• Reviewing information systems regularly to check if any patient information has been breached, leaked, or inadvertently destroyed.

Security & Privacy Officer

Designating security and privacy officer is another critical step for HIPAA compliance. These individuals are responsible for putting the law into privacy. Primarily, there are two roles – Security Officer and Privacy Officer.

The Security Officer is responsible for overseeing all the security practices with regards to electronic protected health information. The Privacy officer is generally responsible for overseeing the internal policies regarding the use and disclosure of protected health information.

It is also not unusual for one individual to assume both roles.

Authorization and Access Management

According to this standard, only authorized personnel should have access to patient’s protected health information. To ensure that, you must:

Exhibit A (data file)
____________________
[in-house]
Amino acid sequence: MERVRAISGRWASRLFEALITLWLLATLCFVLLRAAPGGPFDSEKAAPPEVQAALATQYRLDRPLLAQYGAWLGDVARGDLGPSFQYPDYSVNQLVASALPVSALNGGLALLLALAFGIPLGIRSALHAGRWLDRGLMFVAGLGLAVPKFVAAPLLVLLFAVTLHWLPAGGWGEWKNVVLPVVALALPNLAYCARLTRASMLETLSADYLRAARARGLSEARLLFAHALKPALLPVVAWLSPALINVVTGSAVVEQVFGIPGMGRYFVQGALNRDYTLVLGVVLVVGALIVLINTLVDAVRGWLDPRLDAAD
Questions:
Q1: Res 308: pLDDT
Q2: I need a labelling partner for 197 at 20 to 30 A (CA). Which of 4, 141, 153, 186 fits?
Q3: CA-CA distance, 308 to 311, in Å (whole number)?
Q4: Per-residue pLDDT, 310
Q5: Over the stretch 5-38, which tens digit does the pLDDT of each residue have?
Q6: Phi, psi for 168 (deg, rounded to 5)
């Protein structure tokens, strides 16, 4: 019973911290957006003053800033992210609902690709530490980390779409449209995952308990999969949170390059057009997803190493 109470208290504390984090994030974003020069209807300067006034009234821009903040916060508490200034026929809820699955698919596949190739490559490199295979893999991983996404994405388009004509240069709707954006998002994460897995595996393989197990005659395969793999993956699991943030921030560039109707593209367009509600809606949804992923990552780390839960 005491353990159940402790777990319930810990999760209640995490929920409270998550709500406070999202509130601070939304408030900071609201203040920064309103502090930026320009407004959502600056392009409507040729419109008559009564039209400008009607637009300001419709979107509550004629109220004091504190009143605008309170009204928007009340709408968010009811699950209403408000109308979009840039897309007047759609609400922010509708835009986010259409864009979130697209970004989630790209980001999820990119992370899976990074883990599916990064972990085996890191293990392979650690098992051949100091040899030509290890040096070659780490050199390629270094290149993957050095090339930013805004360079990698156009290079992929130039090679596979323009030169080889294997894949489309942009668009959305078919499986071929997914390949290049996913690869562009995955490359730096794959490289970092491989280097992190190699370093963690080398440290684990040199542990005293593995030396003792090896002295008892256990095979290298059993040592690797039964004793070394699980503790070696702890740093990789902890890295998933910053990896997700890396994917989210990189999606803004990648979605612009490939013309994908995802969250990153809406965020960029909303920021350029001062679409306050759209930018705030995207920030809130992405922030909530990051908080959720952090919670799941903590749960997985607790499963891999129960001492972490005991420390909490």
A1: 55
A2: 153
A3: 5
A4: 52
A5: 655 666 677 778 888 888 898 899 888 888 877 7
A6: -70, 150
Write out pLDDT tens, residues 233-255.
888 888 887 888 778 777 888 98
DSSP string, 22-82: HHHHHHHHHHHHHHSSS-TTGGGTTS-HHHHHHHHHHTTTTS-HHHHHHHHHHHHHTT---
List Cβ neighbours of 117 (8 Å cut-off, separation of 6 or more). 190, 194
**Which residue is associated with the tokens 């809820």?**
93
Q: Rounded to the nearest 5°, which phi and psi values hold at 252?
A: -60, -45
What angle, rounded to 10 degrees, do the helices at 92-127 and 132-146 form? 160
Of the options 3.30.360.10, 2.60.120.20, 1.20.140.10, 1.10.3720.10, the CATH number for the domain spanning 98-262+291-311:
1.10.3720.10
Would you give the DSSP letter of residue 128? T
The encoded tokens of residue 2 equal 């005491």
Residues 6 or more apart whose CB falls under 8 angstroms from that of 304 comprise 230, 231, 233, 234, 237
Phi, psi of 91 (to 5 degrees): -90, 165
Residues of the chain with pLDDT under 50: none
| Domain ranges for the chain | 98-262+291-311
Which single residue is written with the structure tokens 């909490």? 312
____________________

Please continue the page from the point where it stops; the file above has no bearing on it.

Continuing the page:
• Determine who gets access to what information and the level of access.
  • Implement proper procedures to prevent unauthorized access to ePHI. You must also block off access to ePHI of employees who left the practice.
  • Log policies that create and modify access to ePHI.

Workforce training

Employees should learn about security practices and procedures they have to follow. Regular training and retraining is the most effective way to achieve this feat. Furthermore, employees should be taught how to recognize phishing or breach attempts, encouraged to install and update antivirus software, and the best practices to handle their clients’ data.

Employer Identification Number (EIN) and National Provider Identifier (NPI)